Club Foot (includes Talipes Equinovarus)
Clubfoot includes a group of conditions that are present at birth (congenital) that result in one or both of the feet to appear bent and twisted at an angle that resembles a golf club. This awkward position of the foot and ankle is not painful, but is important to begin treating shortly after birth to correct the orientation of the foot so that the child will be ready when he/she is ready to begin walking. Although a clubfoot may affect only one of a child’s feet, about half the time both feet are affected. It can be mild, moderate or severe. In more severe cases, the foot can be quite rigid and resistant to manipulation.
Club foot is a relatively common condition that occurs in 1-3 out of 1000 live births. Boys are about twice as likely to have a clubfoot as girls are. Isolated clubfoot can run in families, although much about the underlying genetic elements are not understood. Smoking during pregnancy has also been suggested as a risk factor. Research to better understand the underlying causes of clubfoot is ongoing. Learning more about the underlying causes may provide ways to prevent clubfoot from occurring or recurring (happening again) in families and may lead to even better treatment.
Common Associated Conditions
About 80% of the time, clubfoot is an isolated feature (there aren’t any other conditions with it). Even if the clubfoot is isolated, often the affected leg will have a smaller calf muscle and the foot may be shorter than the other foot. About 20% of the time, clubfoot is just one of several features present and may be part of a syndrome. Some studies have found that up to 50% of clubfeet are part of a broader spectrum of features. In order to rule out this possibility, the baby should be evaluated by a care provider team that includes a medical geneticist and other specialty providers as needed. If the clubfoot is found to be a part of a larger spectrum, additional interventions may be indicated to address and treat these findings.
Short-Term Treatment and Outcomes
Clubfoot is treated either through a process of repositioning the foot into the correct orientation with immobilization and physical therapy, surgical correction to lengthen tendons and ligaments in the food and ankle, or both. Although your provider will advise you on the best choice for your child’s particular situation, in many cases, the first and most conservative approach is to stretch the foot and then immobilize it in the correct position with casts or straps to gently retrain the foot to stay in a more normal position. The foot will need to be repositioned often, (usually once or more per week). It is important to understand that this approach to treatment is slow, but often has a good final result. Also, because it is gradual, it will require a strong commitment from the parents to attend at least weekly therapy appointments and to carry out physical therapy exercises at home. Even when all goes well, the majority of individuals with corrected clubfoot will need a procedure called tenotomy of the Achilles tendon as a final step in correcting the clubfoot. In many cases, this procedure can be performed on an outpatient basis and involves partially severing the tendon to allow the calf muscle to stretch out. If the clubfoot is more severe or does not respond well to repositioning correction methods, additional surgical correction may be the recommended.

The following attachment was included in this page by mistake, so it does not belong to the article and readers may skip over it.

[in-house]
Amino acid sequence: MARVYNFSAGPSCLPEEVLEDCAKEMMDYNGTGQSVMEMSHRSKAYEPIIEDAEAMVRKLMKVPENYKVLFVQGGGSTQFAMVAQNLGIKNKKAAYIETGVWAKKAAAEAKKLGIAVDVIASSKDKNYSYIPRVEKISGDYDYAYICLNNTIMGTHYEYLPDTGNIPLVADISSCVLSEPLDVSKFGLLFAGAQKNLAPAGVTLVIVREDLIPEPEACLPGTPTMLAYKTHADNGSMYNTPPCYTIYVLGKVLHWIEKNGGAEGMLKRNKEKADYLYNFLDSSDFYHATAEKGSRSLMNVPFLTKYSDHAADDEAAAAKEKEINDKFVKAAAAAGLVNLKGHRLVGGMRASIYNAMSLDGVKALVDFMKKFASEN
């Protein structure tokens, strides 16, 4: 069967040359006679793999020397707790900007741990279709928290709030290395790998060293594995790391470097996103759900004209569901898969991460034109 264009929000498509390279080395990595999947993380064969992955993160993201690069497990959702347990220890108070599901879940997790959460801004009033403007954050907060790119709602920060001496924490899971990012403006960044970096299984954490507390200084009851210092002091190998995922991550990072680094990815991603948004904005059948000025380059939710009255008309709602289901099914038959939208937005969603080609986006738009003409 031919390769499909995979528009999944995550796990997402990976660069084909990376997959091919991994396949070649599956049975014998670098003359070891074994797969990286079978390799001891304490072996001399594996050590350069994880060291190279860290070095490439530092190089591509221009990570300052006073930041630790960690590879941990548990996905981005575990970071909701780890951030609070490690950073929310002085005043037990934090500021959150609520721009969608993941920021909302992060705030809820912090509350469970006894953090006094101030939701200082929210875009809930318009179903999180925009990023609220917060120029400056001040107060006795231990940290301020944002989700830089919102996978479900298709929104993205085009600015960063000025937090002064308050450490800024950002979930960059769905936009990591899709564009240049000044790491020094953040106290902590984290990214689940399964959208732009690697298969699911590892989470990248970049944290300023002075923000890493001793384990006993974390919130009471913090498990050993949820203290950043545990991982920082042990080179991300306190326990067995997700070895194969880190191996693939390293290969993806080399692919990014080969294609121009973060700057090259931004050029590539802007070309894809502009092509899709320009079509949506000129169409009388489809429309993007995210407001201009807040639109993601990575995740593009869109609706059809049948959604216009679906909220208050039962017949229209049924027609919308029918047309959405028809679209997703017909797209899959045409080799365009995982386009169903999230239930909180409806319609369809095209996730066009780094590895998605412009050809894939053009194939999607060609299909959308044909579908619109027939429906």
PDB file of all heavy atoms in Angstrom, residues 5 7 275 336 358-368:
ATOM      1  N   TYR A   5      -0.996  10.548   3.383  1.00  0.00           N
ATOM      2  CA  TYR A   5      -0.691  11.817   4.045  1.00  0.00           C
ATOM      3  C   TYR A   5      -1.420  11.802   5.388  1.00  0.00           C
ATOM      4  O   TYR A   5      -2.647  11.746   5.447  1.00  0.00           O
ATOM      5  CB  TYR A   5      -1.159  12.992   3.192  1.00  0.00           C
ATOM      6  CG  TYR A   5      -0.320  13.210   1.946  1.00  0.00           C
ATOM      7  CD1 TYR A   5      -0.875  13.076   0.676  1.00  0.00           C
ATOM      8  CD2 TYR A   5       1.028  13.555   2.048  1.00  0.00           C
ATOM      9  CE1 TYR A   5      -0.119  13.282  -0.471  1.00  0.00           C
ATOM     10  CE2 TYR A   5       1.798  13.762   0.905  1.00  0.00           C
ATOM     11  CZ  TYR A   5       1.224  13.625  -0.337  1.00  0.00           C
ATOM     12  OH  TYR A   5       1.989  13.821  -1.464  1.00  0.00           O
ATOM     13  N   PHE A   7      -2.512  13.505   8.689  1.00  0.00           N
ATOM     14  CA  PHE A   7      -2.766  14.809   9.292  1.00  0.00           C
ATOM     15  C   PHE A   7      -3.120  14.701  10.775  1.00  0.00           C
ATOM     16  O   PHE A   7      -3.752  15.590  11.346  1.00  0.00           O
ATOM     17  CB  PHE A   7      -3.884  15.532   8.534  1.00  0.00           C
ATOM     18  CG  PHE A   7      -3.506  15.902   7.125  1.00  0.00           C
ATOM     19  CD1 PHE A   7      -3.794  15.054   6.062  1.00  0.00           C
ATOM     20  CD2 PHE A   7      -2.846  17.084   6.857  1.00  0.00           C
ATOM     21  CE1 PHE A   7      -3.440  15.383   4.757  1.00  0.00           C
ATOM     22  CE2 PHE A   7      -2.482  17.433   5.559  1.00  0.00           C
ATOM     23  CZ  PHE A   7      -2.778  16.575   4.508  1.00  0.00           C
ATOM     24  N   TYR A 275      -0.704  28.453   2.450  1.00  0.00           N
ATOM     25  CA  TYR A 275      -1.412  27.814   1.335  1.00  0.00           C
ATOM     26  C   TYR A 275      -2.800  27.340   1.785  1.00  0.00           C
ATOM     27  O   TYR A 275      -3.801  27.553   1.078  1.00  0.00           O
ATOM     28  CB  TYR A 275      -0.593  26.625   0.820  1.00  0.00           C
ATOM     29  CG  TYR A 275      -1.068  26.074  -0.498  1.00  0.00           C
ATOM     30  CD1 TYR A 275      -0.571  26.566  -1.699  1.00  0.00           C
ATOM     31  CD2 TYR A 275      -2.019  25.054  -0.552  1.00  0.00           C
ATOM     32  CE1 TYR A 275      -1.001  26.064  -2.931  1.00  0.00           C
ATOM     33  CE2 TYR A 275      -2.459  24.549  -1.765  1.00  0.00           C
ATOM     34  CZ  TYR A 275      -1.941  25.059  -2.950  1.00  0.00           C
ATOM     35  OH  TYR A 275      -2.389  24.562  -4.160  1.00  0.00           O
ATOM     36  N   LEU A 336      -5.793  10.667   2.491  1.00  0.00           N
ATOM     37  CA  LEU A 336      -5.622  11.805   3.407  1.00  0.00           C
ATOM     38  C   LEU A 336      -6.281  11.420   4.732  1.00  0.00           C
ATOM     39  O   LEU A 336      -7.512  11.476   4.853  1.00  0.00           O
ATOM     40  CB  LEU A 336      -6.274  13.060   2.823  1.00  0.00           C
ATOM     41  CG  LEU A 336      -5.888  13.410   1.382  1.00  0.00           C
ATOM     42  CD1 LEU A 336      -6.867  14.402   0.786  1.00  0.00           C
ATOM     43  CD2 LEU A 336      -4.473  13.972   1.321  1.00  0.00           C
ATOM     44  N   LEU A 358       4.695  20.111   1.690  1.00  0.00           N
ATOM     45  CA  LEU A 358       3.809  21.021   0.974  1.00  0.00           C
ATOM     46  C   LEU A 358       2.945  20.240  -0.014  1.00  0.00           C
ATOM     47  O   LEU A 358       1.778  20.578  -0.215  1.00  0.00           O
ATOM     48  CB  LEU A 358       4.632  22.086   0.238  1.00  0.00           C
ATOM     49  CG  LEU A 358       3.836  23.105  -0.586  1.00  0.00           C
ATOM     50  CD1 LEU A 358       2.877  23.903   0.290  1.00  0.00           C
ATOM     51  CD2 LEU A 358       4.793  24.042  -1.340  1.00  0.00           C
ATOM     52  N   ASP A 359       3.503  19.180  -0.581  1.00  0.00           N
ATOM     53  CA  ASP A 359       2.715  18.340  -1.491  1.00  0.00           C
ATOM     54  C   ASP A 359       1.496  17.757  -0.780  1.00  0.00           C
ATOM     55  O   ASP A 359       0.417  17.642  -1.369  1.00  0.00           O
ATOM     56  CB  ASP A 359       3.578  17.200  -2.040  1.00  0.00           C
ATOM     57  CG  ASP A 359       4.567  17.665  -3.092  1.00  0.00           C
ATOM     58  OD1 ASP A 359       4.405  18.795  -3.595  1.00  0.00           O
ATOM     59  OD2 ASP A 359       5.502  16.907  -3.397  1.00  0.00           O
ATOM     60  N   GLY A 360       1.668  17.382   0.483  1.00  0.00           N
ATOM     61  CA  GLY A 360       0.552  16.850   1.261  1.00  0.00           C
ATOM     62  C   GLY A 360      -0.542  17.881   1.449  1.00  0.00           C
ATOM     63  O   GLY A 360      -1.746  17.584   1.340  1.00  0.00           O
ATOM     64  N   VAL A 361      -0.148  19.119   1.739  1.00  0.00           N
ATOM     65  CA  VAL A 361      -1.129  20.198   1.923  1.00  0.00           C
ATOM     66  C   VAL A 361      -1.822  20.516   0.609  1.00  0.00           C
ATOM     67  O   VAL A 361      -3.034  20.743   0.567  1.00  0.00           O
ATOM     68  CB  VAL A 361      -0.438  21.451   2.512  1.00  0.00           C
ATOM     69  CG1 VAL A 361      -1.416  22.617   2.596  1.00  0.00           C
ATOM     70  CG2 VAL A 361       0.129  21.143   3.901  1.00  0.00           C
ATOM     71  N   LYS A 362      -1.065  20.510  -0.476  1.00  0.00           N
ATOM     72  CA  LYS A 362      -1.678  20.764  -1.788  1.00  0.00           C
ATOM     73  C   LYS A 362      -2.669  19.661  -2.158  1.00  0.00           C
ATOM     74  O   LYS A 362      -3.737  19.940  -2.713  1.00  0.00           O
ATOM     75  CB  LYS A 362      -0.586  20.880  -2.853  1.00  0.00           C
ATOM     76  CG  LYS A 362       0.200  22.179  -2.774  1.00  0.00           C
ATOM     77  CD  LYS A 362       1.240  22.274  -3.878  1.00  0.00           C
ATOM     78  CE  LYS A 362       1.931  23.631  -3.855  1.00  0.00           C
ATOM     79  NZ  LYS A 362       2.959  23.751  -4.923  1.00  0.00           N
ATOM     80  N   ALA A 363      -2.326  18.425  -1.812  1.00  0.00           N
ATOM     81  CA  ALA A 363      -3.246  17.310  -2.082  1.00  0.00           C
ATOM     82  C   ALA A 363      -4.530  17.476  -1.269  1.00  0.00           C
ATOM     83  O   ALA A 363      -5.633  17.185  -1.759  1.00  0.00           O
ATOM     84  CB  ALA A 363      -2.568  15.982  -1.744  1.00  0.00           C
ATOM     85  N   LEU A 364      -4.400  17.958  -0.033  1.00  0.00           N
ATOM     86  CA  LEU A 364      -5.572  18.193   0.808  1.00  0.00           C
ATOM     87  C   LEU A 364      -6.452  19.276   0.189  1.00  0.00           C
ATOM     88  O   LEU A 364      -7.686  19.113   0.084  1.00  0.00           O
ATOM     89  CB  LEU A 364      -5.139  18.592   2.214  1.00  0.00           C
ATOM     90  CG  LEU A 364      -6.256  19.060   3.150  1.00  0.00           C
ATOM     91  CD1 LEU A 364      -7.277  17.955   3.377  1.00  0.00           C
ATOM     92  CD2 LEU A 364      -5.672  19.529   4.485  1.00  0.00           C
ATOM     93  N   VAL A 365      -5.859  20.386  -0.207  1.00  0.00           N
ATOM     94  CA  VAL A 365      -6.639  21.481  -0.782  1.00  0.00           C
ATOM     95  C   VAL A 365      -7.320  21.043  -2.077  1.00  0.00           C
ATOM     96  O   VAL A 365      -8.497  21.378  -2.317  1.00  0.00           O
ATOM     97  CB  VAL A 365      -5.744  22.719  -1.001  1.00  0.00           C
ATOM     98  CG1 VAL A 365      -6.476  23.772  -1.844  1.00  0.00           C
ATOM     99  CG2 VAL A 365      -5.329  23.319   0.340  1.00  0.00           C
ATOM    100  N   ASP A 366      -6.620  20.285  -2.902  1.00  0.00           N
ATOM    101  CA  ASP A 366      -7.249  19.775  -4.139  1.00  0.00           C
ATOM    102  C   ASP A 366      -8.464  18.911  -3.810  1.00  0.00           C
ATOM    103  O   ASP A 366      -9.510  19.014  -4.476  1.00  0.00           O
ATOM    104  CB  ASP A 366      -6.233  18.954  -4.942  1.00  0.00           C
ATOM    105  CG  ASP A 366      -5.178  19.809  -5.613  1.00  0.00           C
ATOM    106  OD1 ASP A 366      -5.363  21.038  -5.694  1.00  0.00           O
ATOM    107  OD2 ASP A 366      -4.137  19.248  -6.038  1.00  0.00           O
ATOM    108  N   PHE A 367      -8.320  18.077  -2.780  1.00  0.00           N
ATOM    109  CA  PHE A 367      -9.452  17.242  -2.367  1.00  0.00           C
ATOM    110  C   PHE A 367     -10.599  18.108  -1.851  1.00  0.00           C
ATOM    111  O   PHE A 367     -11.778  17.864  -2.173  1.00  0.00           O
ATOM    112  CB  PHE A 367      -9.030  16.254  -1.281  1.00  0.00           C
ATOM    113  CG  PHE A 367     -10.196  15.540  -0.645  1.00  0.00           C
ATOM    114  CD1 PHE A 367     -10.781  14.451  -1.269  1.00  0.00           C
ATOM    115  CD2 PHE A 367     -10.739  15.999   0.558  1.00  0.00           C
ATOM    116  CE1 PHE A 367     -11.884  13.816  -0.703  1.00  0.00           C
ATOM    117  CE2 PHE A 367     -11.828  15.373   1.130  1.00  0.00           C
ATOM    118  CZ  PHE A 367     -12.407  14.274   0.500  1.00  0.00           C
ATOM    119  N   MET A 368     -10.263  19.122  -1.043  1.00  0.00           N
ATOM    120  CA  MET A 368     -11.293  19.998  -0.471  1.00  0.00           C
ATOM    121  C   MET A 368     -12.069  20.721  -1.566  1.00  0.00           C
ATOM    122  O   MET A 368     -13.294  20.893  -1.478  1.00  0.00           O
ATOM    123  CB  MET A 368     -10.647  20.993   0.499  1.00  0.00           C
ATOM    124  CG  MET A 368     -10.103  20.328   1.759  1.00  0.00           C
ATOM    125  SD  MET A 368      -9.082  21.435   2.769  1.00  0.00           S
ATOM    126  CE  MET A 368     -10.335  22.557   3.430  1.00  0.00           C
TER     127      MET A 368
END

Long-Term Treatment and Outcomes
Treatment for clubfoot requires a significant commitment to the treatment process over 3 or 4 years. Even when the process goes as planned, there is a chance that the clubfoot will “relapse” and may require a return to stretching, immobilization of the foot by casting and bracing. In some situations, treatment may include additional therapy that may include surgery. Even in the best of circumstances, relapse may occur. As an individual ages, other issues may arise such as arthritis, stiff ankles or pain.
Sometimes the foot does not respond as well as hoped to correction using stretching, physical therapy, repositioning, casting and bracing. The muscles of the affected leg may not be as strong or well developed compared to the muscles on the unaffected leg. Tendons and ligaments that are involved in the ankle joint and other joints in the foot may be resistant to lengthening by stretching and may require a surgical intervention.
Implications for Children's Development
In the case of isolated clubfoot, the implications for a child’s development can be greatly improved by early, sustained and dedicated treatment using a stretching, physical therapy, repositioning, casting and bracing approach. Because of the clubfoot, walking may be delayed, but usually catches up as therapy and correction proceeds. Often, people can walk with a relatively normal gait. Into early adulthood, studies looking at longer term outcomes do find that individuals with corrected clubfoot on average experience more pain, weakness and reduced range of motion in the affected foot compared to controls who were not born with clubfoot. However, these individuals are still highly functional and the clubfoot does not affect their quality of life.
Family Resources and Support
- Mayo Clinic: Clubfoot
- Gillette Children’s Specialty Healthcare: Clubfoot
- University of Minnesota Masonic Children’s Hospital: When Your Child Has Clubfoot
- Shriners Orthopaedics
- The Clubfoot Club
- WebMD: Clubfoot